FIFA appointed Senegal’s Fatma Samoura as second-in-command to new president Gianni Infantino, as soccer’s governing body — battered by negative publicity since last year’s arrests of senior leaders on corruption charges — tries to improve its image.
Samoura, who is a humanitarian coordinator based in Nigeria for the United Nations, replaces Jerome Valcke, the Frenchman who was fired by FIFA after allegations of wrongdoing. The 54-year-old is the first woman and the first African to hold the post.
The secretary general position is a vital for FIFA. Valcke was in charge of sport’s most-watched tournament, the quadrennial World Cup, which generates more than $5 billion, almost all of the soccer body’s revenue.
“Fatma is a woman with international experience and vision who has worked on some of the most challenging issues of our time,” Infantino said at FIFA’s annual Congress in Mexico City. “She has a proven ability to build and lead teams, and improve the way organizations perform. Importantly for FIFA, she also understands that transparency and accountability are at the heart of any well-run and responsible organization.”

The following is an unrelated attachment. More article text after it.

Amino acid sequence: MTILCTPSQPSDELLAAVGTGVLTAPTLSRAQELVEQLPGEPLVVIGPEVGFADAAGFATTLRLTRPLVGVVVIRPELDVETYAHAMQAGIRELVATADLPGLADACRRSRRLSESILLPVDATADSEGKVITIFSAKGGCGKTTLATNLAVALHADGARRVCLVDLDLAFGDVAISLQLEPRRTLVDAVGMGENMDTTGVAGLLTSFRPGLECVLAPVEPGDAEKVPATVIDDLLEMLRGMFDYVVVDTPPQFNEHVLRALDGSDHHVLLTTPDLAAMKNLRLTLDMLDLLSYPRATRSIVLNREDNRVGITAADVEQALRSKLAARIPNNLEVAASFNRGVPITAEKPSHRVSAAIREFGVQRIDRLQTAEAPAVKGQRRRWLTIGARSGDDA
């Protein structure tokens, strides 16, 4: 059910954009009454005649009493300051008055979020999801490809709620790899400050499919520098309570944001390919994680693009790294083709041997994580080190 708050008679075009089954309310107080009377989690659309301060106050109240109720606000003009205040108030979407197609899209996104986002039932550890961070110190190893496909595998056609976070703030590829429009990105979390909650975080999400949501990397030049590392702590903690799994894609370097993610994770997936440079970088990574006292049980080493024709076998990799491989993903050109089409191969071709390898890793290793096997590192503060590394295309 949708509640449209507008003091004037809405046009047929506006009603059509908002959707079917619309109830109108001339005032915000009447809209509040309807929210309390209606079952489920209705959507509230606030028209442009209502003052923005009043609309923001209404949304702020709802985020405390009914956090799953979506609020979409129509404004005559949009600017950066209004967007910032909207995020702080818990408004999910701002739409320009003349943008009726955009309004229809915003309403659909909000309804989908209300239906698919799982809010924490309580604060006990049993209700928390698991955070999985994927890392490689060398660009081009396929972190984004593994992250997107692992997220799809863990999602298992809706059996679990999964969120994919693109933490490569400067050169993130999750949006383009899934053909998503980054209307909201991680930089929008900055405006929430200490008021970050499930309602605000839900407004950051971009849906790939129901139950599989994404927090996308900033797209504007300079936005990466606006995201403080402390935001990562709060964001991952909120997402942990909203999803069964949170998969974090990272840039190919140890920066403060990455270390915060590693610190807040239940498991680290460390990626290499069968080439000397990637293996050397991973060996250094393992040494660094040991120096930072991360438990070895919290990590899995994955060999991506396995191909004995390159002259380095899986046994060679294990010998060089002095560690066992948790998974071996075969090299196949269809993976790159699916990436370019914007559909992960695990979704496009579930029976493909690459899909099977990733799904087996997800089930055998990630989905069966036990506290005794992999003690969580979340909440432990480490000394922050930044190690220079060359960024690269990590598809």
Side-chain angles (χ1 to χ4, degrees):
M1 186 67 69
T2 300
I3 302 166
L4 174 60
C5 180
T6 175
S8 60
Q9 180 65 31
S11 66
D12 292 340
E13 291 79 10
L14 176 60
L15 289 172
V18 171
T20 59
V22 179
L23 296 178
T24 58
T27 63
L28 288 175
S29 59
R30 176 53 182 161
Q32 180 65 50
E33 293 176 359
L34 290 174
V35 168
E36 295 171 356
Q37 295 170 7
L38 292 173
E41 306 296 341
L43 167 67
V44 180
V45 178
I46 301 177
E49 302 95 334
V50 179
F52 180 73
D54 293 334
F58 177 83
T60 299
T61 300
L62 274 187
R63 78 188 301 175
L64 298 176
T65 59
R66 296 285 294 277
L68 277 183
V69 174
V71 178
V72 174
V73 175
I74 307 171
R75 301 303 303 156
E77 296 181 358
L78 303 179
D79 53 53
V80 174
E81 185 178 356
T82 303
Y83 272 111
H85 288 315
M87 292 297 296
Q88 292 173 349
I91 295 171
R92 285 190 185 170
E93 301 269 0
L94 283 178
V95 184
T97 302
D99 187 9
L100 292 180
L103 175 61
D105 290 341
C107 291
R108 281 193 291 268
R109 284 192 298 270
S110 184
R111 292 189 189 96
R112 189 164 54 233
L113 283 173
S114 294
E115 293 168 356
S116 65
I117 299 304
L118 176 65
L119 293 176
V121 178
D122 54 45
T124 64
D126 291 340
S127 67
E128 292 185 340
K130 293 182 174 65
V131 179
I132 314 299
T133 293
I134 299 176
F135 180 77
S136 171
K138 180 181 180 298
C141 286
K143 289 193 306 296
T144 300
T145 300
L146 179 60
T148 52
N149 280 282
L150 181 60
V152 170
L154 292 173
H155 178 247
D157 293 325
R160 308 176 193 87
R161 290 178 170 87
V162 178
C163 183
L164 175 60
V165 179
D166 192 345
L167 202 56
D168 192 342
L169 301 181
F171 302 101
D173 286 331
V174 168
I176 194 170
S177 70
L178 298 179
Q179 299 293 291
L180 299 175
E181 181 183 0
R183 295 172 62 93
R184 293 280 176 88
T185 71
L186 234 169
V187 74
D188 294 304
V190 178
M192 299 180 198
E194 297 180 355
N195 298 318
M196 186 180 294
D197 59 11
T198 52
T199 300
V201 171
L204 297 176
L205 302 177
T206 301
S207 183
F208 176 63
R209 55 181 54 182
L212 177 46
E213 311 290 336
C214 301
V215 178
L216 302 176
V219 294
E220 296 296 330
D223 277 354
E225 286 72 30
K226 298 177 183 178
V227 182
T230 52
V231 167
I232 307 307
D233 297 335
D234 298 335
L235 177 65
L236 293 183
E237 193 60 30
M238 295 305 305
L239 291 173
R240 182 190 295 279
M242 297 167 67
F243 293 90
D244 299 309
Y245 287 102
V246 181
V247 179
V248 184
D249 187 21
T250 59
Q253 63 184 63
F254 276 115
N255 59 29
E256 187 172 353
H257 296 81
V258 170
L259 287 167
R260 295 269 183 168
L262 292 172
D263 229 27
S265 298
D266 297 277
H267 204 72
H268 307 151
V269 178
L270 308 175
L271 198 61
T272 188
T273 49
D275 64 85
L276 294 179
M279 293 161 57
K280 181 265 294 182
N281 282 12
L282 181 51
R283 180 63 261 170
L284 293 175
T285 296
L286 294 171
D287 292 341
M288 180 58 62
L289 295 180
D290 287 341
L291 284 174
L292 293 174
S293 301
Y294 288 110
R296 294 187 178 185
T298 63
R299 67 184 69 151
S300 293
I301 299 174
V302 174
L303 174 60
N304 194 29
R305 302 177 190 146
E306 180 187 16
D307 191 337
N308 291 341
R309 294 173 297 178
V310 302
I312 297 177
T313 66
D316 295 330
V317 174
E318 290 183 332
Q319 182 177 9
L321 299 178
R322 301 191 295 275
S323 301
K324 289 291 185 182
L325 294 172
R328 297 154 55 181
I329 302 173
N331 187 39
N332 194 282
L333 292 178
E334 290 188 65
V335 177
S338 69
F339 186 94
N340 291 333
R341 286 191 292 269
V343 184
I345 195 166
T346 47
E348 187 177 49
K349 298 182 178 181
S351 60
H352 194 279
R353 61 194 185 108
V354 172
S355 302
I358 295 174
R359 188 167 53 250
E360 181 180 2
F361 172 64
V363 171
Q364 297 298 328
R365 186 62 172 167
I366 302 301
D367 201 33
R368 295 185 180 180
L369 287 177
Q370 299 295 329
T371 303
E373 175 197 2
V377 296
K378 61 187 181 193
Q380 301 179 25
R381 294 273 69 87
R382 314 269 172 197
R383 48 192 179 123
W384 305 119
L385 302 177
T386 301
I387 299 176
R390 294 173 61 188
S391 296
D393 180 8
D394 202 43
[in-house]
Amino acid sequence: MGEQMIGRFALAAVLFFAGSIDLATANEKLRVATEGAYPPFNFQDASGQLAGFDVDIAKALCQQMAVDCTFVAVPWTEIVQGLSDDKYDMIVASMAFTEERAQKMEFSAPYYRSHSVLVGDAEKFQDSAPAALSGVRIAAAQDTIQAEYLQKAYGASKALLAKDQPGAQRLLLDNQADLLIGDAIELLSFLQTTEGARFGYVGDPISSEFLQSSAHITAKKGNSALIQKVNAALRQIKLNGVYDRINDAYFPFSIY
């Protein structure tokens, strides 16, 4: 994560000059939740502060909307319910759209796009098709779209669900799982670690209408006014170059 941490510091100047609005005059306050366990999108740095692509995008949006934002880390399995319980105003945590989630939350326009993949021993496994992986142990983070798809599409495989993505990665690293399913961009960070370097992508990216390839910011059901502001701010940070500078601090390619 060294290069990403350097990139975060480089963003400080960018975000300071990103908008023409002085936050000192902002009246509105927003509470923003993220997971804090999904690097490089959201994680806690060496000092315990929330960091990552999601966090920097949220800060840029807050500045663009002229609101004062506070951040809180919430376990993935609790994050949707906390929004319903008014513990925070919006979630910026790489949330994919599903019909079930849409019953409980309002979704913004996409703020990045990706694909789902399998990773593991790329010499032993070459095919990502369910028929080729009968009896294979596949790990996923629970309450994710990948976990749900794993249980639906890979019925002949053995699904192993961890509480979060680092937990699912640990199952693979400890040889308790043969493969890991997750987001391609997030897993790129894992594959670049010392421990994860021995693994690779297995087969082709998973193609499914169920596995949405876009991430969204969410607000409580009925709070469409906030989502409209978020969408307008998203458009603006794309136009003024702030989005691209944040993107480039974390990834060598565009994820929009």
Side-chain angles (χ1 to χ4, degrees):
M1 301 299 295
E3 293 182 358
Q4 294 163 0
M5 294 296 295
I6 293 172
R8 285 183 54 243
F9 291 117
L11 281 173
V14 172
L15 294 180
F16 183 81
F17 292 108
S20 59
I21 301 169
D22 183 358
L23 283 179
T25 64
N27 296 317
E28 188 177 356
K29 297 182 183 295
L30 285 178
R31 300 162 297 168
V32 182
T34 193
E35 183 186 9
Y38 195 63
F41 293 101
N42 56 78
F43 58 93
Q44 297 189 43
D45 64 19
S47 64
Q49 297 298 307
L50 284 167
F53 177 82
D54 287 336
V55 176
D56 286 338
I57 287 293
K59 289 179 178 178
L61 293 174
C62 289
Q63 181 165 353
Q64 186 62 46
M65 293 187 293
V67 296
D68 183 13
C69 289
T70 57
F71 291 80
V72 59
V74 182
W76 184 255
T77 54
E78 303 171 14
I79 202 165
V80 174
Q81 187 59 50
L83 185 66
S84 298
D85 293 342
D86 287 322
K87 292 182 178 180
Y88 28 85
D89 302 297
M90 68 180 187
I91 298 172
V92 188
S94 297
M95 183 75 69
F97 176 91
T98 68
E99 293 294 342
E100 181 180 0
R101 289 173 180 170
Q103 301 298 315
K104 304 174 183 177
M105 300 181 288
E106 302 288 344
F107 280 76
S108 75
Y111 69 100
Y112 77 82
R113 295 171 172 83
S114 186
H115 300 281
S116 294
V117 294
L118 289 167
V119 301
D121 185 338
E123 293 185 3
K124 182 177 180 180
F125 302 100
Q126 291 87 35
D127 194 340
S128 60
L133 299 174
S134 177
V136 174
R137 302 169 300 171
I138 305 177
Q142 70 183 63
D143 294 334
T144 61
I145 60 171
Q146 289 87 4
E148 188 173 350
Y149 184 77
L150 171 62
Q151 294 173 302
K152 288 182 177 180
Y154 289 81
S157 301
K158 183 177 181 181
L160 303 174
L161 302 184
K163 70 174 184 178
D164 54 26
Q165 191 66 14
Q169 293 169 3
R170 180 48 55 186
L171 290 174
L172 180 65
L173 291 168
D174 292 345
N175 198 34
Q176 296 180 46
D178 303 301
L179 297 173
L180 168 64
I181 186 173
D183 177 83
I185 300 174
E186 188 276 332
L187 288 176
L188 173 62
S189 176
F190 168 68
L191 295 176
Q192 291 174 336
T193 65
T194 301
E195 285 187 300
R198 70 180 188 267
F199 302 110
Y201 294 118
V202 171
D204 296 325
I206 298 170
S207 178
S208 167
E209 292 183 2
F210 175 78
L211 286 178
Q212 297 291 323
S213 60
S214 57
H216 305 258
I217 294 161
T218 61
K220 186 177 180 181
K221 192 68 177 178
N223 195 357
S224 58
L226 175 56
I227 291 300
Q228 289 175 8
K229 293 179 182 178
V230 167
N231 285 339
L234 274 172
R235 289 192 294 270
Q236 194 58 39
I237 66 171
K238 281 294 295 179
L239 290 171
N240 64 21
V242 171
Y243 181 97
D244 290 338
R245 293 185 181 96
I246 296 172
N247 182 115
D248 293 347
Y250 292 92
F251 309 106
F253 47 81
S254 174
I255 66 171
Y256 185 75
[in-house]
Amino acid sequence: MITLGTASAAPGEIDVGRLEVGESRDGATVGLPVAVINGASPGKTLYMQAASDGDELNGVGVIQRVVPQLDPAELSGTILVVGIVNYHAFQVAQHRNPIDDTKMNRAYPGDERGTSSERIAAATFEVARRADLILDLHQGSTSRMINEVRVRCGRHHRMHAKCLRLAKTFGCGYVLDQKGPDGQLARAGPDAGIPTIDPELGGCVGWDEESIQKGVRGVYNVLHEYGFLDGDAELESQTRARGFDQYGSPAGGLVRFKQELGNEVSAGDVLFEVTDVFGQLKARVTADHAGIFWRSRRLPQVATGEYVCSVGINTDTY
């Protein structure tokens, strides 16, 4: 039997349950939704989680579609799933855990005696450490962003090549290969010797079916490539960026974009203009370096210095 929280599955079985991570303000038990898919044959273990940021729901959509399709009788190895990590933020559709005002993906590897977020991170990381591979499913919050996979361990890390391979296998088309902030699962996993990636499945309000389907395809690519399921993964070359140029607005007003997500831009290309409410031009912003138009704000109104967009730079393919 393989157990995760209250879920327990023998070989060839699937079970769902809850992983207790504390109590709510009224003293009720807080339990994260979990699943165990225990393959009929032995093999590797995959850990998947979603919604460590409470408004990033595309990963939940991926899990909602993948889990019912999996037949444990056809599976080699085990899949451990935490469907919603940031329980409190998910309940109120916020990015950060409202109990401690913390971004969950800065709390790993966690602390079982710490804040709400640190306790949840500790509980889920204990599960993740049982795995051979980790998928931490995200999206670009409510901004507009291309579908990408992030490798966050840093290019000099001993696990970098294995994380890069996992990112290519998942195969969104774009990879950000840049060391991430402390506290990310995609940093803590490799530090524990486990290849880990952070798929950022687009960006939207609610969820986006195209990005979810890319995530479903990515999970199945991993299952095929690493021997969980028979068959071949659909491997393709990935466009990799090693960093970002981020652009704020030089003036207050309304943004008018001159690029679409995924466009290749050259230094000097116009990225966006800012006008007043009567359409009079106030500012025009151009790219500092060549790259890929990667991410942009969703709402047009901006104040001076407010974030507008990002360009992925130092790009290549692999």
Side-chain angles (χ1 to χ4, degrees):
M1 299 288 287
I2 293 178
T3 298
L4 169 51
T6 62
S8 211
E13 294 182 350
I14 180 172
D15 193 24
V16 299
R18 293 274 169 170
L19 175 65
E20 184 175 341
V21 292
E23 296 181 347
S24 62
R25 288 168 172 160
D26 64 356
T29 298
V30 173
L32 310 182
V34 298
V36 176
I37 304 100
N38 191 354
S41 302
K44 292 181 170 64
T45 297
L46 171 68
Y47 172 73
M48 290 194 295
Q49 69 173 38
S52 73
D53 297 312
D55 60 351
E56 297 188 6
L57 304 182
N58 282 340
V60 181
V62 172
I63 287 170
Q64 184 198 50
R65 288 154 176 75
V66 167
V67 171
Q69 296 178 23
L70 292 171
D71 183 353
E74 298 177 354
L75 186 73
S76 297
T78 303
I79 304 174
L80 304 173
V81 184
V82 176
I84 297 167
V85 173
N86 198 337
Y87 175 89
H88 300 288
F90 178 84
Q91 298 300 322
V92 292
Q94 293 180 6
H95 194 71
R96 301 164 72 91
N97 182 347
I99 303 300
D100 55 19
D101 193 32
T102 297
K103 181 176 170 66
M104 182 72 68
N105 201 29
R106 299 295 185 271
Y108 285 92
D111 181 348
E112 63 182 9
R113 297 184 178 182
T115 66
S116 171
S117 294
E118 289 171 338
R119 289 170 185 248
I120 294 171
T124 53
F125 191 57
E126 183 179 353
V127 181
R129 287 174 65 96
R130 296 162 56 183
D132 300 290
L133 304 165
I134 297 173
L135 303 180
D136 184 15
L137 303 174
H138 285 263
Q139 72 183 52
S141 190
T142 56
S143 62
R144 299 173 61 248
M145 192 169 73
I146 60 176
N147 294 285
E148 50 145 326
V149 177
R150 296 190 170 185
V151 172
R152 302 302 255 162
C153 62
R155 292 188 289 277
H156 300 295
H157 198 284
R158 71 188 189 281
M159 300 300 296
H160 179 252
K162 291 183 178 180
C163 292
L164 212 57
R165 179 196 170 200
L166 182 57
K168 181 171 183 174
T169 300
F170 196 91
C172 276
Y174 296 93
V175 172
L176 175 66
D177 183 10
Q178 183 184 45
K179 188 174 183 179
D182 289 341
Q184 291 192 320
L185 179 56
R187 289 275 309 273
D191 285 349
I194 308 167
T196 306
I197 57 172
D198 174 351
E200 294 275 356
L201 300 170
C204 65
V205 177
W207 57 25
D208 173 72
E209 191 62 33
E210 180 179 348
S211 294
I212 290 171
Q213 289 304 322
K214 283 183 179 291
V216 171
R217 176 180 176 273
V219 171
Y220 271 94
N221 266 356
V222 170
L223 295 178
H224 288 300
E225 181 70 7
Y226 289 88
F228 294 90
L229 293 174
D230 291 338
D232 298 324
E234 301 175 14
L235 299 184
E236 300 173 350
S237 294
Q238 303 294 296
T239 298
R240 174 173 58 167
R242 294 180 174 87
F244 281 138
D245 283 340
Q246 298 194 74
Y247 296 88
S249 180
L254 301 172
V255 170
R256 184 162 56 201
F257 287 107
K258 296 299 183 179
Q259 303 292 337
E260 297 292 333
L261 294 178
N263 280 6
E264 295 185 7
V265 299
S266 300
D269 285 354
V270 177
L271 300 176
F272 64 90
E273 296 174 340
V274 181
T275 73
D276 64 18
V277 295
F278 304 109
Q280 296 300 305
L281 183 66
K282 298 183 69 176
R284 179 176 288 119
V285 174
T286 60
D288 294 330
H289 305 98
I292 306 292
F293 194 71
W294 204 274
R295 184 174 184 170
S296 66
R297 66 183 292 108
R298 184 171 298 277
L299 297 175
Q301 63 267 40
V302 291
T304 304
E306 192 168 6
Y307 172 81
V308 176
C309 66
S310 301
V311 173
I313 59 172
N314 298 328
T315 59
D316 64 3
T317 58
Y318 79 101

Samoura still requires to undergo an eligibility check, FIFA said. Infantino, who was general secretary of European soccer’s UEFA, said recently it could take months before his No. 2 was appointed.
“This role is a perfect fit for my skills and experience -– strategic, high impact team building in international settings,” Samoura said. “I also look forward to bringing my experience in governance and compliance to bear on the important reform work that is already underway at FIFA.”
Although Samoura’s new salary wasn’t disclosed, she’s likely to be one of the organization’s best paid employees. FIFA’s compensation committee has compared the administrator’s post to that of a company’s chief executive officer.